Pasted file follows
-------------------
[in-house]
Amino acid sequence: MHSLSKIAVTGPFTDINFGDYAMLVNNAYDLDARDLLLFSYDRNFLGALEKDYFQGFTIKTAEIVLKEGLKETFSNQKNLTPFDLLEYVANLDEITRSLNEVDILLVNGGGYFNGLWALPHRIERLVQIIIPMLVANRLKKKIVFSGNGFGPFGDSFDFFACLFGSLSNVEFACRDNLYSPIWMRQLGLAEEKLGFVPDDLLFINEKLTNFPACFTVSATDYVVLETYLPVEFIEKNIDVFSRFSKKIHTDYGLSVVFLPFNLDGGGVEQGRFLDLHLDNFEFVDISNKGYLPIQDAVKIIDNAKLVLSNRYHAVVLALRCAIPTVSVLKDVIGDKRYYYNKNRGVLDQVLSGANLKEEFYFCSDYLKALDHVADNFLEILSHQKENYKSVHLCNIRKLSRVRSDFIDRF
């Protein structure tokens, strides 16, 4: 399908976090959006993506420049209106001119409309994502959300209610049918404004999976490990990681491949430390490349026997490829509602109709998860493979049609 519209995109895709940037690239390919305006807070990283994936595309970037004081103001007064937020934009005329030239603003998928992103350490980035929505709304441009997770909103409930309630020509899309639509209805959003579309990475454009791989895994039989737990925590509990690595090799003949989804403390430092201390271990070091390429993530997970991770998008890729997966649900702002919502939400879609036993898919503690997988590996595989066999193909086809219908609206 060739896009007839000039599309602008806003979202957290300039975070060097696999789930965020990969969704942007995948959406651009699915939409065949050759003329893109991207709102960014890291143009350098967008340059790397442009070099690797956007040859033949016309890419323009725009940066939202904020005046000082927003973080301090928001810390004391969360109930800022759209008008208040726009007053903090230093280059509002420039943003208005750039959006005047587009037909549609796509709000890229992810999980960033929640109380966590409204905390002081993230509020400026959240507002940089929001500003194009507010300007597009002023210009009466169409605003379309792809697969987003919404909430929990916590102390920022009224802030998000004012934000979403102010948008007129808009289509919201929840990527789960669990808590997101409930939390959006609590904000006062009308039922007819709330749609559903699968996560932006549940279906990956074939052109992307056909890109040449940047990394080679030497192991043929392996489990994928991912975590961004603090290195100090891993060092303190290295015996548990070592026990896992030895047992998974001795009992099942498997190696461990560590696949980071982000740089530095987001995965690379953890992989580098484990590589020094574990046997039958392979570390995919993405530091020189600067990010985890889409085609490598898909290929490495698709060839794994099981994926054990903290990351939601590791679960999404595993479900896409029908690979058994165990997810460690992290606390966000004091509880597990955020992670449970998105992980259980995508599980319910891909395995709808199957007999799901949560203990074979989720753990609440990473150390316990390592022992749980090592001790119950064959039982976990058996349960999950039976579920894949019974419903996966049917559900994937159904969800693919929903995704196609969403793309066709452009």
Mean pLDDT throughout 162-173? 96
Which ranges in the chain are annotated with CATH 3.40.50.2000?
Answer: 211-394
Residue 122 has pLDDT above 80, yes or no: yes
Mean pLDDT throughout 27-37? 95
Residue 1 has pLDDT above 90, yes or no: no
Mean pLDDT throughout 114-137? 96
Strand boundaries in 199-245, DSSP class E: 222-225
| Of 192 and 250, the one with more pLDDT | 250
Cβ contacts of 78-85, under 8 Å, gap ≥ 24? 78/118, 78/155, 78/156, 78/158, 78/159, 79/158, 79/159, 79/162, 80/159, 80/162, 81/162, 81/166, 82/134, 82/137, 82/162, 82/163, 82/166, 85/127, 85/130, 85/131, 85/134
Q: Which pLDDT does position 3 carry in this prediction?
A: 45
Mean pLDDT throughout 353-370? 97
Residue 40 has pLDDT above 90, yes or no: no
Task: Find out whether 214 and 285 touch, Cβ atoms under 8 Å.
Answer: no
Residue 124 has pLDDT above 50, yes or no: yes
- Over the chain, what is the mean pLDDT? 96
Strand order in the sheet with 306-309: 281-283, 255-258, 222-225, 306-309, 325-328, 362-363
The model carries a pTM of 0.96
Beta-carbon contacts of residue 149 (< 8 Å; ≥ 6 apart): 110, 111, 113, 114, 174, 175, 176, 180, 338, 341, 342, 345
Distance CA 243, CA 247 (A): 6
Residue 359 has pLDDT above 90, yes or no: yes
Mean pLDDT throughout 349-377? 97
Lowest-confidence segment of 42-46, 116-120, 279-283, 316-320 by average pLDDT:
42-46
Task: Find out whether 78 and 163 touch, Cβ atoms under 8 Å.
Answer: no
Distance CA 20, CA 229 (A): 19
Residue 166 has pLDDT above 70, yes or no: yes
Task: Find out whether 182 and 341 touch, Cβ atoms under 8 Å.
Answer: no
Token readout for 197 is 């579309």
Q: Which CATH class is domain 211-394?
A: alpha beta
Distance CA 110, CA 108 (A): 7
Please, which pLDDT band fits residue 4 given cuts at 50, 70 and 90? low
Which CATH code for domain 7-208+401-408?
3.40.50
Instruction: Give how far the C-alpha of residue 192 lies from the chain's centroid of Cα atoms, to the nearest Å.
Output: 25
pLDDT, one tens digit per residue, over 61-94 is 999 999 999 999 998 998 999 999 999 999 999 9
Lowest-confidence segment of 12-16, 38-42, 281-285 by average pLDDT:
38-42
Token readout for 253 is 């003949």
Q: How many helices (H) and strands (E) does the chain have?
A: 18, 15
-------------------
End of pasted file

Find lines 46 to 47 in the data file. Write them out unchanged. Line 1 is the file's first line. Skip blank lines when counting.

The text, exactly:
Lowest-confidence segment of 12-16, 38-42, 281-285 by average pLDDT:
38-42